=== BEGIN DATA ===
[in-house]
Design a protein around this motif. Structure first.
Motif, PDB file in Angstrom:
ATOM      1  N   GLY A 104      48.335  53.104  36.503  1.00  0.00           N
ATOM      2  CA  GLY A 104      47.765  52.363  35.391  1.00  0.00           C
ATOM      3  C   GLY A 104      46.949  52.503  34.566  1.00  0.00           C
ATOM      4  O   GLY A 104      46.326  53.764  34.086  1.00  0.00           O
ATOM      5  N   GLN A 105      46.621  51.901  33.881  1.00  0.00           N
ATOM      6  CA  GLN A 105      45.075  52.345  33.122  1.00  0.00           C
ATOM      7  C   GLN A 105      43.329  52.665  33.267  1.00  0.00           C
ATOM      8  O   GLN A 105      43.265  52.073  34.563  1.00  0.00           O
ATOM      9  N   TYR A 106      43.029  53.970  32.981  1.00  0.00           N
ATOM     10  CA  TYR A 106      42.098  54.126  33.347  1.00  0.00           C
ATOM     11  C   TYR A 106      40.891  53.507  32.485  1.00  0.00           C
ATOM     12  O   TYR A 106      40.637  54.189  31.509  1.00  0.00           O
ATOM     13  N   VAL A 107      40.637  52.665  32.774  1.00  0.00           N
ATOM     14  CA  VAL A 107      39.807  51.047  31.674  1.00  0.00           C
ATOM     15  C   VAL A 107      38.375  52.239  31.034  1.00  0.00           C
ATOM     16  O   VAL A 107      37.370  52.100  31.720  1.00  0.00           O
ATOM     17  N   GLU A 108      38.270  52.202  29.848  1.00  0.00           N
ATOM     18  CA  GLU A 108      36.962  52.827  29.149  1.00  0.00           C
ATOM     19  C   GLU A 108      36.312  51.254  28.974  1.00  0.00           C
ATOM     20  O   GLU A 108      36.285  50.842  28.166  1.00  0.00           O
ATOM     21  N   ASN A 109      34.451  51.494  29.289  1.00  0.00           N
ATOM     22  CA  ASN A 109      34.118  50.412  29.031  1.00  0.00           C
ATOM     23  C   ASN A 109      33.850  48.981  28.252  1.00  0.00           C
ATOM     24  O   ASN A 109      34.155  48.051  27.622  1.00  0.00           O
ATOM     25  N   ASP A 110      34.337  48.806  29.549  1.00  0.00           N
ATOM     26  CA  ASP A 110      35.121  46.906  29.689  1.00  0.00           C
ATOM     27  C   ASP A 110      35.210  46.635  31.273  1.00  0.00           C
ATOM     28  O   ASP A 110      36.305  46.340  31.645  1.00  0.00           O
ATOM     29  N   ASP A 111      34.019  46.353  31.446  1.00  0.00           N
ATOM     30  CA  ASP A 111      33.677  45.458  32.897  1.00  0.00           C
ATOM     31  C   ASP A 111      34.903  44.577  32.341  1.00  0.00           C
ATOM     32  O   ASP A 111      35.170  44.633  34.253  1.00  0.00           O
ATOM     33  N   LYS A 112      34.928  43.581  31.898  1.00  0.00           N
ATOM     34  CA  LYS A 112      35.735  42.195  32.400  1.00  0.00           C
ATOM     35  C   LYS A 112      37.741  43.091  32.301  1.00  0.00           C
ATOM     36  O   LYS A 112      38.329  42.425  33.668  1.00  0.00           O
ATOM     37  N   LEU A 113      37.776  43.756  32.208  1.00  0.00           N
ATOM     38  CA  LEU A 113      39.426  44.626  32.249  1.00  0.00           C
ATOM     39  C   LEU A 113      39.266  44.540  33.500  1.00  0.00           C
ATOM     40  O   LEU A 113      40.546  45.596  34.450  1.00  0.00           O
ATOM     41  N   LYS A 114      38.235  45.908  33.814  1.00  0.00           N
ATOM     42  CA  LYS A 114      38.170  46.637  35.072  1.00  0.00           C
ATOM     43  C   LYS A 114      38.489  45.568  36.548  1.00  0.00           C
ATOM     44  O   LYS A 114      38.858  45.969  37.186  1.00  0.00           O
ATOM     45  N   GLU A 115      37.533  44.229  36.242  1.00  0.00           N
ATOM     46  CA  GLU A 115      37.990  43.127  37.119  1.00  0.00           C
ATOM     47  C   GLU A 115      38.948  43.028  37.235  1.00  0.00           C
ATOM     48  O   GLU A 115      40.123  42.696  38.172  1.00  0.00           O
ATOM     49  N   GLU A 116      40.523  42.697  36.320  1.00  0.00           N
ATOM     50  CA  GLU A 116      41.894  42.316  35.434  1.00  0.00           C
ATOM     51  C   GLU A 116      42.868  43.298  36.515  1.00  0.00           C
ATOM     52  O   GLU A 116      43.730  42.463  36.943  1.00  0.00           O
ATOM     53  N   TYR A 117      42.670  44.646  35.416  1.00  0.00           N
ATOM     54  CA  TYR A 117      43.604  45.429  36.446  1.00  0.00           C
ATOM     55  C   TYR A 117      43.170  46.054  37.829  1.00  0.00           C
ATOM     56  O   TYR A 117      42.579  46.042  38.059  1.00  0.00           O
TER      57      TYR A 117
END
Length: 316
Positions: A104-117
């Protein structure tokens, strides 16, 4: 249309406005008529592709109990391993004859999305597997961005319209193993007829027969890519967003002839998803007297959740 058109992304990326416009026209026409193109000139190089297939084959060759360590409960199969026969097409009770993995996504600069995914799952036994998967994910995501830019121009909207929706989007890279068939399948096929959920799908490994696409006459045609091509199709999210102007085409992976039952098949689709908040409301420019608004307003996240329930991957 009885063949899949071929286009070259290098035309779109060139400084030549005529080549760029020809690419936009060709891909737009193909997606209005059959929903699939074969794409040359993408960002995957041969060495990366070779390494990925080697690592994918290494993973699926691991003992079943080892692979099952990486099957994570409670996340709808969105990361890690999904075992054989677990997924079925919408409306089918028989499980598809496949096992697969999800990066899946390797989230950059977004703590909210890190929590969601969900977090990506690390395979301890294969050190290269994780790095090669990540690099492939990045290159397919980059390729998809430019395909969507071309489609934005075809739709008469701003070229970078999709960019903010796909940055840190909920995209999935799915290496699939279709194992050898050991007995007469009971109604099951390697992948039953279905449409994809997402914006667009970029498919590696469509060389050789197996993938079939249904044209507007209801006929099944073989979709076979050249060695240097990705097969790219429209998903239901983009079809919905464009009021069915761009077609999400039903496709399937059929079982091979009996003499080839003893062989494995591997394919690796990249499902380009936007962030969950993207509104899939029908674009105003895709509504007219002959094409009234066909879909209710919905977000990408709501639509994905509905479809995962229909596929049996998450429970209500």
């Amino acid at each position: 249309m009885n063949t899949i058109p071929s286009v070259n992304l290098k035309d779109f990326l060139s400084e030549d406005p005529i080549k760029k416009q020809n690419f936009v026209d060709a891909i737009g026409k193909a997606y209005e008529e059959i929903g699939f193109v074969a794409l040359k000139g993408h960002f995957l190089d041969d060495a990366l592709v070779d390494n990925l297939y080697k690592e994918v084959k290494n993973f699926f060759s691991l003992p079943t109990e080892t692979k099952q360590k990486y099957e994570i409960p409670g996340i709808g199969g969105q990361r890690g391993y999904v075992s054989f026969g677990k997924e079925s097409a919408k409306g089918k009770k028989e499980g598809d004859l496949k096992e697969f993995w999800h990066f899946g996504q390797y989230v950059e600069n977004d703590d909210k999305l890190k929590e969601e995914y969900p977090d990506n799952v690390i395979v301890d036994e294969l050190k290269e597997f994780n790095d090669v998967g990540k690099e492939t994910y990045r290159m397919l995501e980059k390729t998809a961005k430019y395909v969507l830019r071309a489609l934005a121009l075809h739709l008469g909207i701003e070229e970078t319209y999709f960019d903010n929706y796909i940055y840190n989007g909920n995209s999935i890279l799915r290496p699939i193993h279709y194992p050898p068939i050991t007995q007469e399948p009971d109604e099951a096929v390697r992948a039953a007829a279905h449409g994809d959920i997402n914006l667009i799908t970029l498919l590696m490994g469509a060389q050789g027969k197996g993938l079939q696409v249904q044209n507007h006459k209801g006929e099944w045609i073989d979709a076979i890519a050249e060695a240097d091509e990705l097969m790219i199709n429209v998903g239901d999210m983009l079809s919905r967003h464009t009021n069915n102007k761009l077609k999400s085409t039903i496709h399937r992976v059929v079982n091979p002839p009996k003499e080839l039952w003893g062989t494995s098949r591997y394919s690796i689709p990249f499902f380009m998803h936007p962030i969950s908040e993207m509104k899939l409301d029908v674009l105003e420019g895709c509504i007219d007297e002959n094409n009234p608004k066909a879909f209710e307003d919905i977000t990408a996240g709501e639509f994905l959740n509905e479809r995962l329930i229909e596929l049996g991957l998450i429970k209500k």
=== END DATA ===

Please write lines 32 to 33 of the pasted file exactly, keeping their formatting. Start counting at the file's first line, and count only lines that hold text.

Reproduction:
ATOM     29  N   ASP A 111      34.019  46.353  31.446  1.00  0.00           N
ATOM     30  CA  ASP A 111      33.677  45.458  32.897  1.00  0.00           C